China court upholds life sentence for Bo Xilai
JINAN, China (Reuters) - A court in eastern China rejected an appeal by ousted senior politician Bo Xilai on Friday and, as expected, upheld his life sentence on charges of bribery, corruption and abuse of power.
It said the evidence against him was clear.
Bo, once a rising star in China's leadership circles who had cultivated a following through his populist, quasi-Maoist policies, was jailed for life in September after a dramatic fall from grace that shook the ruling Communist Party.
His career was stopped short last year by a murder scandal in which his wife, Gu Kailai, was convicted of poisoning a British businessman, Neil Heywood, who had been a family friend.
The high court Jinan in the eastern province of Shandong, where Bo was originally tried, said that it was satisfied the first trial had done justice in the case.
"This court verified the facts and evidence of the court of first instance," Shandong high court spokesman Hou Jianjun told a news conference.
"The reasons for appeal presented by Bo Xilai and the opinions of his counsel did not have factual and legal basis, and were not tenable."
The court "ruled to reject the appeal, and uphold the original judgment", Hou added. "The above ruling is the final judgment."
Bo's appeal against the guilty verdict was unlikely to have been successful. China's courts are controlled by the Communist Party, which had pronounced him guilty long ago.
He likely now has no further recourse to appeal, state media said, as he could only take his case to the Supreme Court in Beijing if he had been sentenced to death.
State television shows pictures of an apparently healthy Bo, with a slight smile on his face, both sitting and standing in court, and also of him being led out of the room by two towering policemen.
Bo will now be sent back to Qincheng jail, just north of Beijing, where fallen members of the elite are incarcerated, and will likely never be seen in public again, although he could be released on medical parole some day.
Hou said that four members of Bo's family had been in court, and that the hearing had been conducted with "normal order".
President Xi Jinping, who took office in March, will have wanted the Bo affair settled because the next few weeks are critical for his government.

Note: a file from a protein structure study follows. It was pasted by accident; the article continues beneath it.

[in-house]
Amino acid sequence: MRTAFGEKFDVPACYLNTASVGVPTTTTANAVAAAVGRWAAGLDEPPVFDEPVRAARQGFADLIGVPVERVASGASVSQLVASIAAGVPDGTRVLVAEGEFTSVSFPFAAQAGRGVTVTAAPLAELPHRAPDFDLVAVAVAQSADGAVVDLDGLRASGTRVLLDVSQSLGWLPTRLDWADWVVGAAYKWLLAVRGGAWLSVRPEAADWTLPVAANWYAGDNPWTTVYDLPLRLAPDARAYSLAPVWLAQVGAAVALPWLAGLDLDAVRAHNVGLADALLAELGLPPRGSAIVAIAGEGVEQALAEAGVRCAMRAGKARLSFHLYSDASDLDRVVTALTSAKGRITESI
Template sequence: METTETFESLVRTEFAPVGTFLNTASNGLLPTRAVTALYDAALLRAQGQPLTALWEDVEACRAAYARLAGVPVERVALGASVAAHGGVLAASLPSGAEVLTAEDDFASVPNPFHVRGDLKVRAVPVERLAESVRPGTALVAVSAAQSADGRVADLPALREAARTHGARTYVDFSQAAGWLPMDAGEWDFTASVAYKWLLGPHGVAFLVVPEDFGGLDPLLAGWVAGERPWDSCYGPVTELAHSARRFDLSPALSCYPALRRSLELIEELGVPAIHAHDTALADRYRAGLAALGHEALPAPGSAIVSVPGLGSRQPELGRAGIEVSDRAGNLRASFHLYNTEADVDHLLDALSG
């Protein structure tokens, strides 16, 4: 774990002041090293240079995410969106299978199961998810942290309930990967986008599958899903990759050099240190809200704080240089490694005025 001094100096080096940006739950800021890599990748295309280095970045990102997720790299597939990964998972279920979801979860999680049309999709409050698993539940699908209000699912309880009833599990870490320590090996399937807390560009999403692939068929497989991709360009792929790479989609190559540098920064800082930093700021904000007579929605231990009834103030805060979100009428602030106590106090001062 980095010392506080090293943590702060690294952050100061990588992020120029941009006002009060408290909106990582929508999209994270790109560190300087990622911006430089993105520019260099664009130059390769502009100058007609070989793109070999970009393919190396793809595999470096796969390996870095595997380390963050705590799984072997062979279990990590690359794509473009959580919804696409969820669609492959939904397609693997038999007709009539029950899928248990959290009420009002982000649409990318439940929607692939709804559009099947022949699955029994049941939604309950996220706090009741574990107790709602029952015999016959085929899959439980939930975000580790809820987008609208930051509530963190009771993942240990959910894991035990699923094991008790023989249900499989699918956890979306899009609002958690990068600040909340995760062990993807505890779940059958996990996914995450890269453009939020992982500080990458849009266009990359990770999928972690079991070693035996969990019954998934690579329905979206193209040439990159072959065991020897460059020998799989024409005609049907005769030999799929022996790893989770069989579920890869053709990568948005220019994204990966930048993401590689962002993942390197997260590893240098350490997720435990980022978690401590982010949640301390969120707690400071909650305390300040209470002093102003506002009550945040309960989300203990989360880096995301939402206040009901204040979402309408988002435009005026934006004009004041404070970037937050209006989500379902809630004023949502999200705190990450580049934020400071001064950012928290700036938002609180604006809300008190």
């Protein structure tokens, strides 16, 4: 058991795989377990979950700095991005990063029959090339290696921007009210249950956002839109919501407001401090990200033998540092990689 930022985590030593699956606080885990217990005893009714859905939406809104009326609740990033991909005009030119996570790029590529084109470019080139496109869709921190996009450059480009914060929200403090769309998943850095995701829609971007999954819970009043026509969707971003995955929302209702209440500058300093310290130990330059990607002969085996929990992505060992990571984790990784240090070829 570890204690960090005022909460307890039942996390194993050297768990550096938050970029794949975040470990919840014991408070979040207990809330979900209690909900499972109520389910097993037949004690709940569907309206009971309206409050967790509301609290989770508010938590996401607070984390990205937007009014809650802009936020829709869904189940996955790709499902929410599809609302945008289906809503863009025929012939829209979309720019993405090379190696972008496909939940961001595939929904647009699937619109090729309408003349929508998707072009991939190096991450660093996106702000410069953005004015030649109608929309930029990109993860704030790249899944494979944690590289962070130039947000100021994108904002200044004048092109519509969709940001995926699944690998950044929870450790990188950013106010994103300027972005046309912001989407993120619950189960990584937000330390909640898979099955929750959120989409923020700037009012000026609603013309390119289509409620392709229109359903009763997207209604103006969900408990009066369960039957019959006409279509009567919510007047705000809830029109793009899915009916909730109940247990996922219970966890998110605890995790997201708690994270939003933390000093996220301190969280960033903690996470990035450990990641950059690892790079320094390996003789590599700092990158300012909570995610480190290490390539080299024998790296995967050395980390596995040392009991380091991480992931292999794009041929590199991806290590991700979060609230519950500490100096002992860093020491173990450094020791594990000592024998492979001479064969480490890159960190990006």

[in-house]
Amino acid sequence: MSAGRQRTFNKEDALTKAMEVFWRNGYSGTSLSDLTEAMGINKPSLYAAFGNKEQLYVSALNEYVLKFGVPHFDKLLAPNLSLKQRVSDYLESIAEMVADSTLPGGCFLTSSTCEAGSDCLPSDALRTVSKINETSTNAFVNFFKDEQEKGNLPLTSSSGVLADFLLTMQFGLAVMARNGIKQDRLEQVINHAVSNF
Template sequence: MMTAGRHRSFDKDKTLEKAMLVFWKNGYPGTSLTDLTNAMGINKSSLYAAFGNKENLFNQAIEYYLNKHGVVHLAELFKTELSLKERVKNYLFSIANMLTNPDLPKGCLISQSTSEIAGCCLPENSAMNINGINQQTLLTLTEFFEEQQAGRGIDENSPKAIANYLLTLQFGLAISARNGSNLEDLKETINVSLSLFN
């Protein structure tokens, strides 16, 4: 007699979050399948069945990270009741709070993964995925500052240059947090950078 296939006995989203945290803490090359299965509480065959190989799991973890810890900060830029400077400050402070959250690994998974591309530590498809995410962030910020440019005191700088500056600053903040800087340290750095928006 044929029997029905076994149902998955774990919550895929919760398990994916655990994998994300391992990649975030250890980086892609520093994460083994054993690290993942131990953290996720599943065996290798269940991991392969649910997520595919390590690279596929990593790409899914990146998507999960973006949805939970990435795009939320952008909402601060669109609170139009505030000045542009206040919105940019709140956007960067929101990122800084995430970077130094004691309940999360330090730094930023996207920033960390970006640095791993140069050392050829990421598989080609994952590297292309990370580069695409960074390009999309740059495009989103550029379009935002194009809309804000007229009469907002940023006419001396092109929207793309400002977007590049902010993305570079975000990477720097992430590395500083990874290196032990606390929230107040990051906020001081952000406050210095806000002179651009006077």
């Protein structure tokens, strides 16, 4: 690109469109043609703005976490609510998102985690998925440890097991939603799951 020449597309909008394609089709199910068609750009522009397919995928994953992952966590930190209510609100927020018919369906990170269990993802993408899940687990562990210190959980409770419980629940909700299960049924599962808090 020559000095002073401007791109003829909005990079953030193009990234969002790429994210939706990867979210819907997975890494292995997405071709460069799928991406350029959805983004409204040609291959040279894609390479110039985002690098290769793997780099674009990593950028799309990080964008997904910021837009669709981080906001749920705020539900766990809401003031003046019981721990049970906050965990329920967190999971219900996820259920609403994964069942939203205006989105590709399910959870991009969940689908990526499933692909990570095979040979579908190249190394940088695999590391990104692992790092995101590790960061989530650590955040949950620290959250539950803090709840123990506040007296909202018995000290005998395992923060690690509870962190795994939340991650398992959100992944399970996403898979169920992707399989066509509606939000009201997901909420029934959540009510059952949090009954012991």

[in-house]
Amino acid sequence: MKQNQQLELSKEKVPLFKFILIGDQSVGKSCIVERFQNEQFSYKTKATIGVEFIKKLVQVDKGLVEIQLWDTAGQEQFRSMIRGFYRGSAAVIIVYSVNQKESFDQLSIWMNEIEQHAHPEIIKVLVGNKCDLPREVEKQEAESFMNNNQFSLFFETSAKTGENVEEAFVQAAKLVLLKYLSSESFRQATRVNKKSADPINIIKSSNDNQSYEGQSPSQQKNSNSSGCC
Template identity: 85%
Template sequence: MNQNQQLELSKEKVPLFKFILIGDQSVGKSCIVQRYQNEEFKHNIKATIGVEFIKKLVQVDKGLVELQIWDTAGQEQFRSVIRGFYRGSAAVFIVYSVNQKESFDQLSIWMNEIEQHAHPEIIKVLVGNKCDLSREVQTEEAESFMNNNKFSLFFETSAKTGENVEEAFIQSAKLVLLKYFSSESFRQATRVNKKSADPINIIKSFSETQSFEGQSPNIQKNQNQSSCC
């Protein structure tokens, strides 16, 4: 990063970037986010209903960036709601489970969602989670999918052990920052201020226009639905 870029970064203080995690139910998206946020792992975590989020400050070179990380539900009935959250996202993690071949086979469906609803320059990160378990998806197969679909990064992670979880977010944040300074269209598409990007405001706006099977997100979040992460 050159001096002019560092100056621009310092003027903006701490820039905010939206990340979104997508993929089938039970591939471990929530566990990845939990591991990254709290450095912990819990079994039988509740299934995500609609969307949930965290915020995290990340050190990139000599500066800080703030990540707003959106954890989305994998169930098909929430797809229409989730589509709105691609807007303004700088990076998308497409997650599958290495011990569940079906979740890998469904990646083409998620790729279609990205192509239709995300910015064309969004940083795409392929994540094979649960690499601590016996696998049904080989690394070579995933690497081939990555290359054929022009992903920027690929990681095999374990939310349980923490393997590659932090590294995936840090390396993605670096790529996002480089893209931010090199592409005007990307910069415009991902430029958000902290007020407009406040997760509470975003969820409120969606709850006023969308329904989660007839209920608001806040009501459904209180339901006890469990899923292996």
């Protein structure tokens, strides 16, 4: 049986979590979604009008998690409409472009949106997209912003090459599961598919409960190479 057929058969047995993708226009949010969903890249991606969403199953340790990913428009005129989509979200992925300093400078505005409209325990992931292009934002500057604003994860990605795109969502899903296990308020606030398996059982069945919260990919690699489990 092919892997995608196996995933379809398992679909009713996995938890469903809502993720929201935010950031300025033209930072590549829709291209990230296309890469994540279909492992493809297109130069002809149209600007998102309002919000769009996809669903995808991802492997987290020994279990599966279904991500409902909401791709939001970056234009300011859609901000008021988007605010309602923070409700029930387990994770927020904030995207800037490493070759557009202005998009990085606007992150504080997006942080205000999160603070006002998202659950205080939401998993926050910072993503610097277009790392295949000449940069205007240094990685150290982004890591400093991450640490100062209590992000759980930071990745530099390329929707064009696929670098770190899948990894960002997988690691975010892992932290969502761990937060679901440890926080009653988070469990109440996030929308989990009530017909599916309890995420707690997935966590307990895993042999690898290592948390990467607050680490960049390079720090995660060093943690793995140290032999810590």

At a party plenum next month, Xi will push for more economic reforms and he needs unstinting support from the party's elite 200-member Central Committee.
The appeal was held behind closed doors and completed less than a month after being lodged, when it could theoretically have take up to two months, or longer.
Zhang Lifan, a political commentator, said the case was never about the crimes Bo had been charged with, which were actually very light considering the serious allegations against him, for example by victims of his zealous crackdown on organised crime.
"The real significance of this is that it shows that the highest authorities are not to be challenged. Any challenge to those authorities is doomed. I think this is very clear-cut," Zhang said.
Bo, 64, who was Communist Party chief of the southwestern metropolis of Chongqing, mounted an unexpectedly fiery defence during his trial, denouncing testimony against him by his wife as the ravings of a mad woman hoping to have her own sentence reduced.
He repeatedly said that he was not guilty of any of the charges, although he admitted making some bad decisions and shaming his country by his handling of former Chongqing police chief, Wang Lijun, who first told Bo that Gu had probably murdered Heywood.
Wang, who fled to the U.S. consulate in the nearby city of Chengdu in February last year after confronting Bo with evidence that Gu was involved in the murder, was also jailed last year for covering up the crime.
The party has presented the Bo case as an example of its resolve to root out deep-seated corruption, a problem so serious Xi has warned it could threaten the party's survival.
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